Anticoagulation Options

Anticoagulation Options

Michael Mazzeffi (University of Maryland, USA) and Ashleigh Lowery (University of Maryland, USA)
Copyright: © 2015 |Pages: 25
DOI: 10.4018/978-1-4666-8603-8.ch011
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Abstract

There are multiple indications for anticoagulation in the cardiac surgery intensive care unit including cardiac valve replacement, mechanical circulatory pumps (ECMO and ventricular assist devices), deep vein thrombosis prophylaxis, treatment of heparin-induced thrombocytopenia, and treatment of other thrombotic conditions including pulmonary embolism. Anticoagulant medications broadly fall into two categories: antiplatelet drugs and inhibitors of protein clotting factors. In this chapter we will review anticoagulant medications, therapeutic drug monitoring, common indications for anticoagulation, and the risks associated with anticoagulation after cardiac surgery.
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Background

Anticoagulation management is a frequent issue in cardiac surgery critical care. There are a bevy of drugs available to today’s intensive care unit (ICU) practitioner allowing for maximal benefit and minimal risk when an anticoagulant is properly selected, dosed, and monitored. Available drugs work through different pathways, have different pharmacokinetic profiles, and have different routes of administration making them best suited for particular clinical scenarios. They also carry different levels of risk depending on a patient’s hepatic and renal function. For these reasons, ICU practitioners must be facile in managing the various anticoagulant medications that are available.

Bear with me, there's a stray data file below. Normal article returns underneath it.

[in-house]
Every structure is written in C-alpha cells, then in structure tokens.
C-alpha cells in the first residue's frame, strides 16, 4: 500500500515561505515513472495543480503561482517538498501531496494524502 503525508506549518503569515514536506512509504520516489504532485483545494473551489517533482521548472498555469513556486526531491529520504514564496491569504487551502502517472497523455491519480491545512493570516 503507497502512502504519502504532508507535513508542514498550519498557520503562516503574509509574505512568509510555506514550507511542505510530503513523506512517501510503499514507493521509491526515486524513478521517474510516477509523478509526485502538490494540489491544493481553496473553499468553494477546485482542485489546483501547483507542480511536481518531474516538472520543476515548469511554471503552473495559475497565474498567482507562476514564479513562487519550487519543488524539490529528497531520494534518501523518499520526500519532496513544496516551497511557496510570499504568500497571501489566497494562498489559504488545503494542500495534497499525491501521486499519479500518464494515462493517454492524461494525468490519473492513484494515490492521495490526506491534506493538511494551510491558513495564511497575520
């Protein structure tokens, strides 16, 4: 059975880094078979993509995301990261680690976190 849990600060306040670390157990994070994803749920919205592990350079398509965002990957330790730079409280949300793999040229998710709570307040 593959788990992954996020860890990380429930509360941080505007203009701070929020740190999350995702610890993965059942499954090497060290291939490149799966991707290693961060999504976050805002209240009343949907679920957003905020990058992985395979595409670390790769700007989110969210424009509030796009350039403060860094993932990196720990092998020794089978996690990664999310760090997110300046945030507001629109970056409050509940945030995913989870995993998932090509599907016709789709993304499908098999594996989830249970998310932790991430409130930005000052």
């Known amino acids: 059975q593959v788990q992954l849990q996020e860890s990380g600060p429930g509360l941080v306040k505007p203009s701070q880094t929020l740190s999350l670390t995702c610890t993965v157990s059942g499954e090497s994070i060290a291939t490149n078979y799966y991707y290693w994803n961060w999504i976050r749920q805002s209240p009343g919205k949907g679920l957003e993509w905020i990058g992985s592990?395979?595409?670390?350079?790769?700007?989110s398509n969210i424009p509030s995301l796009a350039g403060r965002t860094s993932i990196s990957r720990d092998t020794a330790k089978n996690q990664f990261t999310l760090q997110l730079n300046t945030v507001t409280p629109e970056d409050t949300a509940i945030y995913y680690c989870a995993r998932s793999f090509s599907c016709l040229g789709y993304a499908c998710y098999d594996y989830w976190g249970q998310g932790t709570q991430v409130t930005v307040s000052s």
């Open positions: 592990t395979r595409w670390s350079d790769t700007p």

Anti-platelet drugs are used frequently in the cardiac surgery ICU, particularly in patients who have had coronary artery bypass graft (CABG) surgery, aortic replacement surgery, or bioprosthetic cardiac valve replacement. Almost all of these patients require aspirin and select patients receive dual anti-platelet therapy, typically with a thienopyridine drug.

Drugs that inhibit protein coagulation factors are also used in the cardiac surgery ICU for mechanical valve replacement, mechanical circulatory support devices or ECMO, prolonged atrial fibrillation in high-risk patients, heparin induced thrombocytopenia (HIT), pulmonary embolism, and certain bioprosthetic valves. Recently novel oral anticoagulant drugs have become available which will likely change future anticoagulation practices (eg: apixiban, dabigatran, and rivaroxaban).

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